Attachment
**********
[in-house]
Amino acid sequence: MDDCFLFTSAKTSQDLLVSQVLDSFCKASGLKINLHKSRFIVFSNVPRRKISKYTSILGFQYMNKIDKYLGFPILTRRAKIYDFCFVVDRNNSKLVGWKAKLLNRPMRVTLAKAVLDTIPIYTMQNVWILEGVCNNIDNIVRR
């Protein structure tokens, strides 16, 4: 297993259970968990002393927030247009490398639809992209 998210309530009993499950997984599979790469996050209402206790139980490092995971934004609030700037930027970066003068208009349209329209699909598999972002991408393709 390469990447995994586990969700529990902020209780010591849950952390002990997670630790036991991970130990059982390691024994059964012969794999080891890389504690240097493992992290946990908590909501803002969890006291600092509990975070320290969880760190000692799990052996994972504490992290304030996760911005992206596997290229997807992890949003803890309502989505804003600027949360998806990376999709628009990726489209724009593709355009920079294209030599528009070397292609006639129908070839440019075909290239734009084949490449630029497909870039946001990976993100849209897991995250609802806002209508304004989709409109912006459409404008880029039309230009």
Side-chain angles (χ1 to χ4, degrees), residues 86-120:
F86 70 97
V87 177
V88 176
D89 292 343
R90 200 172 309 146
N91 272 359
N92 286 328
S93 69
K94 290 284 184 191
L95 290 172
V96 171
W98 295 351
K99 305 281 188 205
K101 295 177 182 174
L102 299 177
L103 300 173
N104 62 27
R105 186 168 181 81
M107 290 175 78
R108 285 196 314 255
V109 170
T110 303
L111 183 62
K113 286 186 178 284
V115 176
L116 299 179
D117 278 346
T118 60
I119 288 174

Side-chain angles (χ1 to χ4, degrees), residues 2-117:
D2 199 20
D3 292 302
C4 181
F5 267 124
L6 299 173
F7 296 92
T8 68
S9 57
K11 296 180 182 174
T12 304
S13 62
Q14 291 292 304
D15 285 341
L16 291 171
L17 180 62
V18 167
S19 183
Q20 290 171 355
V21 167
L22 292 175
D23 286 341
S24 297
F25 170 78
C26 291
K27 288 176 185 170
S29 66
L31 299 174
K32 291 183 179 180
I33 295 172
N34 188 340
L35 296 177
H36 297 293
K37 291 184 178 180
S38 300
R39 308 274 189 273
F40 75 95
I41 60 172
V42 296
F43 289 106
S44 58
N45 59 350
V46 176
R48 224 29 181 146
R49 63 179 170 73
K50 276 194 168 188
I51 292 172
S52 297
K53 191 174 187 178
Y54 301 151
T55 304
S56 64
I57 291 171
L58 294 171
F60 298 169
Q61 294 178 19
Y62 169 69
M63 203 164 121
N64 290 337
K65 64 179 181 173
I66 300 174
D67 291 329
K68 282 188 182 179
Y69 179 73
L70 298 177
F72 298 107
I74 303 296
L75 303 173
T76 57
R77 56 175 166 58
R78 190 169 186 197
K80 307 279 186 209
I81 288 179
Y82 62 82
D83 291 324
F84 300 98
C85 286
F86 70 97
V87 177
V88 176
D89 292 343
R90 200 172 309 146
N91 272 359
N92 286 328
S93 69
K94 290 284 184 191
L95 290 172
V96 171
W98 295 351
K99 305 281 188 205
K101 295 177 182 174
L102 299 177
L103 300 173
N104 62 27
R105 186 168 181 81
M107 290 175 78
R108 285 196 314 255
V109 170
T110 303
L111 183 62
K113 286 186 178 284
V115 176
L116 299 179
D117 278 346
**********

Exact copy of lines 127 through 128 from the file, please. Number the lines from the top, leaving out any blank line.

N104 62 27
R105 186 168 181 81